Justia Trademark Opinion Summaries

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. Until 2008, Lehman Brothers, a large investment bank, owned federal trademark registrations for the standard character mark LEHMAN BROTHERS. Lehman Brothers filed for bankruptcy in 2008 and sold several of its businesses and other assets to Barclays for $1.5 billion, assigning all of its LEHMAN BROTHERS trademarks and accompanying goodwill. Barclays granted Lehman Brothers a worldwide, non-exclusive license to use the LEHMAN BROTHERS trademarks in connection with continuing businesses and operations. The term of the license was two years for use in connection with investment banking and capital markets businesses and perpetual for use in connection with other operations. Barclays allowed its LEHMAN BROTHERS trademark registrations to expire. In 2013, Tiger Lily, which has no affiliation to Lehman Brothers or Barclays, sought registration of the mark LEHMAN BROTHERS for beer and spirits. A few months later, Barclays applied to register LEHMAN BROTHERS for use in connection with financial services. In 2014, Tiger Lily applied for registration of the LEHMAN BROTHERS mark for bar services and restaurant services. Barclays and Tiger Lily filed Notices of Opposition.The Federal Circuit affirmed the Trademark Trial and Appeal Board in sustaining Barclay’s oppositions against Tiger Lily’s applications and in dismissing Tiger Lily’s opposition to Barclays’ application, noting that Lehman Brothers and Barclays have continued to use the LEHMAN BROTHERS mark since 2008. View "Tiger Lily Ventures Ltd. v. Barclays Capital Inc." on Justia Law

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AK Futures LLC (“AK Futures”), an e-cigarette and vaping product manufacturer, brought suit for trademark and copyright infringement against Boyd Street Distro, LLC, (“Boyd”). According to AK Futures, Boyd has been selling counterfeit versions of its “Cake”-branded e-cigarette and vaping products containing delta-8 tetrahydrocannabinol (“delta-8 THC”). Boyd contended that AK Futures does not have protectible trademarks for its Cake products because delta-8 THC remains illegal under federal law. The district court held that theAgriculture Improvement Act (the “Farm Act”) legalized the company’s delta-8 THC products, and it granted injunctive relief.   The Ninth Circuit affirmed the district court’s grant of a preliminary injunction. The court reasoned that the district court’s order properly distinguished between trademark and copyright protection. Further, the court held that the plain and unambiguous text of the Farm Act compels the conclusion that AK Futures’ delta8 THC products are lawful. the court concluded that on the available record, the delta-8 THC in AK Futures’ e-cigarette liquid appears to fit comfortably within the statutory definition of “hemp”—i.e., the liquid is properly understood as a derivative, extract, or cannabinoid originating from the cannabis plant and containing “not more than 0.3 percent” delta-9 THC. The court wrote that because the Farm Act’s definition of hemp is not ambiguous, the court does not consider agency interpretation, and even if it did, the Drug Enforcement Agency’s view of the Farm Act’s plain text aligns with the court’s own. View "AK FUTURES LLC V. BOYD STREET DISTRO, LLC" on Justia Law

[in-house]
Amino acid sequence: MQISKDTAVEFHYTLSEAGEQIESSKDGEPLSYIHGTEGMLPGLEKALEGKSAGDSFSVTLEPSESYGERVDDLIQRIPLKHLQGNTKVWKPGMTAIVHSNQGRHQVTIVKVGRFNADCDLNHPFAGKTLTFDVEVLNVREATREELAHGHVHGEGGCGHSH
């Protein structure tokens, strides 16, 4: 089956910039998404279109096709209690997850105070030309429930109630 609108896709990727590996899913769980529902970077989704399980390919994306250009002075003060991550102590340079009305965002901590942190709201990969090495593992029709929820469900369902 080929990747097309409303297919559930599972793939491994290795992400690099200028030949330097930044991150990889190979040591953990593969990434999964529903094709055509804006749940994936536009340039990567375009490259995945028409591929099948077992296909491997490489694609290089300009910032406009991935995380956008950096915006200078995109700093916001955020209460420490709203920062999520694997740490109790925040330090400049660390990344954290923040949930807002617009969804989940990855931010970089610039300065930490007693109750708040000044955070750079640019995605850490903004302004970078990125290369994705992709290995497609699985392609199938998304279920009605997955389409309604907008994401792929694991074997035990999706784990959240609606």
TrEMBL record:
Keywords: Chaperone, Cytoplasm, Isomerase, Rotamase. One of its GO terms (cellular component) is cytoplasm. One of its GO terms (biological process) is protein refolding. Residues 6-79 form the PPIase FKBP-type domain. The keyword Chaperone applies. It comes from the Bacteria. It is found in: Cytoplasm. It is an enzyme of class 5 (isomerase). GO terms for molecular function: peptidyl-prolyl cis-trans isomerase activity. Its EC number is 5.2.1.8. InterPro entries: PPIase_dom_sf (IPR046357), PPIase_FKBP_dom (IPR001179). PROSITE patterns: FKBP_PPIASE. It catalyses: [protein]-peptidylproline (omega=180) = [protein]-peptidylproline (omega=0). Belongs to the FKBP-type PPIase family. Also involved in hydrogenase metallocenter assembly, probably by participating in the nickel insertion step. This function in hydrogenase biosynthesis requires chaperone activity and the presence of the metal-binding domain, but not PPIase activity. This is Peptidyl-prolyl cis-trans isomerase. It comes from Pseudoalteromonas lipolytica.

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Two insurance-related companies claim the name “AIG.” Agency is a family-owned insurance broker in Missouri. Agency allegedly began calling itself “AIG” around 1958. International is an insurance company incorporated in 1967. International first used the “AIG” mark sometime between 1968 and 1970. International obtained a federal trademark registration for “AIG” in 1981, which is still active. Agency sued International in 2017 over International’s use of “AIG.” Relevant here, Agency alleged common-law trademark infringement and unfair competition along with violation of the Lanham Act, 15 U.S.C. Section 1125. The district court agreed with International that Agency’s claims were barred by the doctrine of laches, so it granted summary judgment in favor of International and dismissed Agency’s claims. On appeal, Agency argues the district court erred in granting summary judgment because it weighed disputed facts in International’s favor.The Fifth Circuit reversed and remanded the district court’s grant of summary judgment in Plaintiff’s lawsuit for trademark infringement over International’s use of the “AIG” trademark. The court held that Plaintiff’s claims were barred by the doctrine of laches. The court reasoned that the district court abused its discretion by not applying for progressive encroachment and did not announce any test on which it relied for determining when a likelihood of confusion arose. It also did not meaningfully analyze the strength of International’s mark at the relevant times, whether Agency intended to confuse the public, the degree of care expected of potential customers, or the evidence of actual confusion. View "A.I.G. Agency, Inc. v. American International Group" on Justia Law